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Junart Kim S. Nieva

 While a warm sun, fresh breeze and coconut trees elicit images of a tropical destination, there is an iconic abode that, when added to the aforementioned, will make one immediately think of that paradise in Southeast Asia.  The native Bahay Kubo – or nipa hut – was the traditional home of early Filipinos even before the Spanish came, and even today it still exists.

It is a fact that last year since the pandemic hit, many people have discovered new talents, relived past hobbies and developed new skills, which would have not emerged if not for the lockdown measures imposed throughout the nations.


Meet Niva Blanco Bruce – or tita Niva – a British Filipina originally from Roxas City, Capiz. I had the honour of meeting her many years ago through Diana, a good friend of mine. She recently started a project – miniature Bahay Kubo-making – a challenge she set herself into to make life under the new normal a little less unnerving and a little more worthwhile. She lives with her husband Russell in London.

Just last month, the world commemorated Earth Day in many fashions, and I am delighted that awareness campaigns of previous years are being dramatically transformed into action. The models that tita Niva creates are made from recycled and recyclable materials, such as wooden sticks, mesh nets and bamboo, among others. She said, “I use recycled materials where possible and try to make use of any material I come across to reduce waste.”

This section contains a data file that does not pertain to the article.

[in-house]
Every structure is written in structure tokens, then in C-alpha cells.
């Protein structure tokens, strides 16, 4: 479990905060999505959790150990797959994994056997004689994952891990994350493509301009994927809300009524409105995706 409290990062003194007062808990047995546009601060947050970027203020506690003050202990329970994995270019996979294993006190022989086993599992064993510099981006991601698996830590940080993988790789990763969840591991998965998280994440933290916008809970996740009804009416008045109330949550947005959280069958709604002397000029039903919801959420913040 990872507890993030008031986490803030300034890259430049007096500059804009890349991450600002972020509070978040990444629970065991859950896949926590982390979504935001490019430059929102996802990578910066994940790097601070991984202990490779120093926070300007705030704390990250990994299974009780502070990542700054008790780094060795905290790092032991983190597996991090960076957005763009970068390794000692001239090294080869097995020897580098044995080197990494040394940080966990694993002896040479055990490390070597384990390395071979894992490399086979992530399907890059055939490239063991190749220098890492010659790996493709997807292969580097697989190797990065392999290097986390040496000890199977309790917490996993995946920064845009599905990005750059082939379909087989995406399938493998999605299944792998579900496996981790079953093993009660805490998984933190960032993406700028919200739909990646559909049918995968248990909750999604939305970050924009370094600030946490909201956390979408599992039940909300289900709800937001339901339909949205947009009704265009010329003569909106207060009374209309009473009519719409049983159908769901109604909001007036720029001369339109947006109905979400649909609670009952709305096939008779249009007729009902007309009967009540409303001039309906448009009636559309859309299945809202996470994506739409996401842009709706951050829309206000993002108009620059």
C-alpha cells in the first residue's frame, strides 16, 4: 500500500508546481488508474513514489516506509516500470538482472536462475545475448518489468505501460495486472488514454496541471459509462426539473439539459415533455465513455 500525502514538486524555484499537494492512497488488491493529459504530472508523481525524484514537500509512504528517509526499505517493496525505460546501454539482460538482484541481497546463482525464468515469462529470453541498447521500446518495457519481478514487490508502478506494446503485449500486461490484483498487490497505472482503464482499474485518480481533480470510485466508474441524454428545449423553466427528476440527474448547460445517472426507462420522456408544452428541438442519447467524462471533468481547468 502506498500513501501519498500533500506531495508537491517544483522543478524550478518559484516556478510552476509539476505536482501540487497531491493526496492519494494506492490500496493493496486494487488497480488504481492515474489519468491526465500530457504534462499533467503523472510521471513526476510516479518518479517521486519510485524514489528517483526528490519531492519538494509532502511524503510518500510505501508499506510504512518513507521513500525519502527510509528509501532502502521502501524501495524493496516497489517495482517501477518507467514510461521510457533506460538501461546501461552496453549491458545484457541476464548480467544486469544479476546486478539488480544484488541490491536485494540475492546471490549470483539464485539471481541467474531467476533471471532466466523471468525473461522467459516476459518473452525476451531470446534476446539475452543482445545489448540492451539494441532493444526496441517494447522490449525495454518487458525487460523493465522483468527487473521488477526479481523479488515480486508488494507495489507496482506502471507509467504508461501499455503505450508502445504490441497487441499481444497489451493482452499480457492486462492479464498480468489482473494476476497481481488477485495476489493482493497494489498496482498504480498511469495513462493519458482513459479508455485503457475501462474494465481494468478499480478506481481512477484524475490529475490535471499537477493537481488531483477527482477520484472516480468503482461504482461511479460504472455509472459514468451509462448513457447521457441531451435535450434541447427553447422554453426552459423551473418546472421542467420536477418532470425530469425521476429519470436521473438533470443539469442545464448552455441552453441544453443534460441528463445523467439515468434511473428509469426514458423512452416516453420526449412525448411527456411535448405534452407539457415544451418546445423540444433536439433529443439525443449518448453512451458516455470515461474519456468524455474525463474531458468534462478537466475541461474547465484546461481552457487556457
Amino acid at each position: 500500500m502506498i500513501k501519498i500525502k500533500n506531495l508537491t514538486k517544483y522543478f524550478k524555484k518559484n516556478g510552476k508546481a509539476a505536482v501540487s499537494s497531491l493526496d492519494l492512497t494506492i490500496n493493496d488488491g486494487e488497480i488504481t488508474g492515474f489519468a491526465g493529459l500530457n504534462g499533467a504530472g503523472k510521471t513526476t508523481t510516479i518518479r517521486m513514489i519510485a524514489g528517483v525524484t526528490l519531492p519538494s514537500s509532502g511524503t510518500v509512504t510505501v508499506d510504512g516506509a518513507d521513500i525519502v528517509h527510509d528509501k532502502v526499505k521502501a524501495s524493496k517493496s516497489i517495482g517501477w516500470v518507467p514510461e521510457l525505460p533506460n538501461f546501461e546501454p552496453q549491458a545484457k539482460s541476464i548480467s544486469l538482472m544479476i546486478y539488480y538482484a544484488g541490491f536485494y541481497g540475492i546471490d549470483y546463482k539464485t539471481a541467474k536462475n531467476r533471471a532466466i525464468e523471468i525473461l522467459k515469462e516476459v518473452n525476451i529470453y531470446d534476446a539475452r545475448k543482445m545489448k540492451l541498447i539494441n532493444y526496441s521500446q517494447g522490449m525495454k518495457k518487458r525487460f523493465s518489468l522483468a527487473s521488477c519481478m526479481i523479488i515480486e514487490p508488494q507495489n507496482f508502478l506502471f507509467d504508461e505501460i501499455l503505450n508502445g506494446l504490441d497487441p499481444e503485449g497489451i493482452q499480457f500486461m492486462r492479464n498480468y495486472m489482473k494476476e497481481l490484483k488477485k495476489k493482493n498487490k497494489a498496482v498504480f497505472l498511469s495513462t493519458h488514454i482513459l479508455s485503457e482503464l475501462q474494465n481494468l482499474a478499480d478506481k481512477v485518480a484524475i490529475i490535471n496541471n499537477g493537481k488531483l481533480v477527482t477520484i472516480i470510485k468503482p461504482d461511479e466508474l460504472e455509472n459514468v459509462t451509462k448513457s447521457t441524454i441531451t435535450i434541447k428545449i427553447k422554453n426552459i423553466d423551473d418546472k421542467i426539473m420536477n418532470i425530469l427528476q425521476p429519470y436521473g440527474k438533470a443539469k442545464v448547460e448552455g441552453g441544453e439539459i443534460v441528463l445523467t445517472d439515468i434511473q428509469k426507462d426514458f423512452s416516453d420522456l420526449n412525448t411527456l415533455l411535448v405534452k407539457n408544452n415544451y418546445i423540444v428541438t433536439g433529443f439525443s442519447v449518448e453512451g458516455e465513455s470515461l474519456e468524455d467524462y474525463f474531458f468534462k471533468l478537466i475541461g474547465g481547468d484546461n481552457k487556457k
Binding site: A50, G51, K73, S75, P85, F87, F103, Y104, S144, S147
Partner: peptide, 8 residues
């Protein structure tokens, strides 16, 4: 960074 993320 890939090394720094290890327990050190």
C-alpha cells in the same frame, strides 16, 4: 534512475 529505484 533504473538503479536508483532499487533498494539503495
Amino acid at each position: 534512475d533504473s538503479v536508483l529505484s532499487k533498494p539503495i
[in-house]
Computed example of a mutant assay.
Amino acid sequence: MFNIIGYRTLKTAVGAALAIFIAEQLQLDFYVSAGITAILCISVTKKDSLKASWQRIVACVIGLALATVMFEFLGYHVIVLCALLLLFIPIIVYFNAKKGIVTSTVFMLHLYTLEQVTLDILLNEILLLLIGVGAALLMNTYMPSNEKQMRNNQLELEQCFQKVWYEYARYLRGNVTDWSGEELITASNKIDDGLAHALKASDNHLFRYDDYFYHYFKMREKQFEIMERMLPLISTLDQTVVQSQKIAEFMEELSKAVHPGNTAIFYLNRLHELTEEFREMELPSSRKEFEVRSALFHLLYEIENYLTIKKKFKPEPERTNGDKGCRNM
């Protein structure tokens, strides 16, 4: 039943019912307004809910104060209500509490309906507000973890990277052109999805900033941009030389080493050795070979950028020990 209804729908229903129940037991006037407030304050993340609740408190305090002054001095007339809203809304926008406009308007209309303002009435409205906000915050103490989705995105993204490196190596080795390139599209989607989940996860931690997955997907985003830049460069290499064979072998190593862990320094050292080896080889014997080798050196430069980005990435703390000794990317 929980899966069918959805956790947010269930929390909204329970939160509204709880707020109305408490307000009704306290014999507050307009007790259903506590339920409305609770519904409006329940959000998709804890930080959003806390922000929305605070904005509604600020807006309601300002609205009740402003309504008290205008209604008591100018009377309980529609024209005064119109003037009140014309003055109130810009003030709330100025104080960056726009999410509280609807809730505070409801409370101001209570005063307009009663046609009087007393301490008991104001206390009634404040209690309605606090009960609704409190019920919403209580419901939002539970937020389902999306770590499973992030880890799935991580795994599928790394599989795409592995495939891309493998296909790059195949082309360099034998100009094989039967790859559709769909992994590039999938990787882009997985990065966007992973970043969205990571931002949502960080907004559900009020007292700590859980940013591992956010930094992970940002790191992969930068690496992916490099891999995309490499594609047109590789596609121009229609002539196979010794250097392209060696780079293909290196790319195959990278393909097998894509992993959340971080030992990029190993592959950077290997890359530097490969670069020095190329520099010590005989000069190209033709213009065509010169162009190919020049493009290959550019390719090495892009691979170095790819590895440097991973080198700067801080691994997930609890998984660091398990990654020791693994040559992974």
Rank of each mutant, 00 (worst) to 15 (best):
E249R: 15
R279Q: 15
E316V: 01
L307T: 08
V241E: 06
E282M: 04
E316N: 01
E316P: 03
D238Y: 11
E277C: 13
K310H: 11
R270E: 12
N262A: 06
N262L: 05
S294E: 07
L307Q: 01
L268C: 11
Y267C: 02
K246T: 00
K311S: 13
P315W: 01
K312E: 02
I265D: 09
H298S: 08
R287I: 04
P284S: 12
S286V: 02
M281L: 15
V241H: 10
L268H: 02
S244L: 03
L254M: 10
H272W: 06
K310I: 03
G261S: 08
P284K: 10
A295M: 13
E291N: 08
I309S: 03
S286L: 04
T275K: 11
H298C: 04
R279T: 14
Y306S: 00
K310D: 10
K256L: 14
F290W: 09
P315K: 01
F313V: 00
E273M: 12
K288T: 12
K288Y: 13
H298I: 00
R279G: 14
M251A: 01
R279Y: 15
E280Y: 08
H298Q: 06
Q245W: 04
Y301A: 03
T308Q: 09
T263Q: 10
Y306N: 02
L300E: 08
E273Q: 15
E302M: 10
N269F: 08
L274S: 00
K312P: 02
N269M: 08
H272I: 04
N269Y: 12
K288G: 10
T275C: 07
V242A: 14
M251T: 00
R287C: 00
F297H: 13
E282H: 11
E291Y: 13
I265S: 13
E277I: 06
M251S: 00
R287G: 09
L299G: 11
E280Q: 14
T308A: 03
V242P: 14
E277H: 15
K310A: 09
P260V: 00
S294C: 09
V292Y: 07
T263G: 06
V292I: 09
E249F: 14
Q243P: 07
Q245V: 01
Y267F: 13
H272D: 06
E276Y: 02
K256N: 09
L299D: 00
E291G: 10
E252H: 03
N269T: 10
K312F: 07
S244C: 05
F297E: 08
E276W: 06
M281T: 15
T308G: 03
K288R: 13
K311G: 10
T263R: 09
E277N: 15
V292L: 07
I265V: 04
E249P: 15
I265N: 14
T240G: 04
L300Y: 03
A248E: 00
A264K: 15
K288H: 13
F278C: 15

Her love for creation started at a young age, as she made clothes, bags, toys and decorations by hand. “I have always enjoyed making things and challenging myself to be more artistic and creative,” she shared. “Through this, I bring to life the simplicity, industry and creativity quintessential to my home country, the Philippines.”

Even as a single mother of one, I can say she had an amusing life. From the Visayas, she moved to Bukidnon, then to Manila, before settling abroad. There are only few people I know who have actually spent significant part of their lives in all three major islands of the Philippines!


 Although she’s been living in the UK for quite a long time already, she confessed she misses the Philippines dearly. “This endeavour helps me reminisce both good and trying times in my life back home; it inspires me to be always grateful.” For the record, she lived in an actual bahay kubo with his son many moons ago, which made the craft more endearing to her.

A nipa hut may seem just another type of  old architecture, but along with it comes typical cultural values reminiscent to Filipinos such as bayanihan (communal unity), family orientation, adaptability, creativity, industriousness and hospitality. Tita Niva, working from home, focused on perfecting details in her miniatures. According to her, it is the details that really make her bahay kubo – kahit munti (pun intended) – alive.


This May, the Philippines celebrates National Heritage Month. I would like to commend tita Niva for bringing this iconic symbol to the UK, thereby helping promote cultural heritage beyond its point of origin. I truly believe that her goal of inspiring people especially the younger generation in developing their creativity and sparking interest with handicrafts will come to fruition soon.

*A limited number of models is available for sale, for information on how to see the models or get hold of one, you may send a text to 07980405444.
*published in One Philippine Newsmagazine UK May 2021 issue

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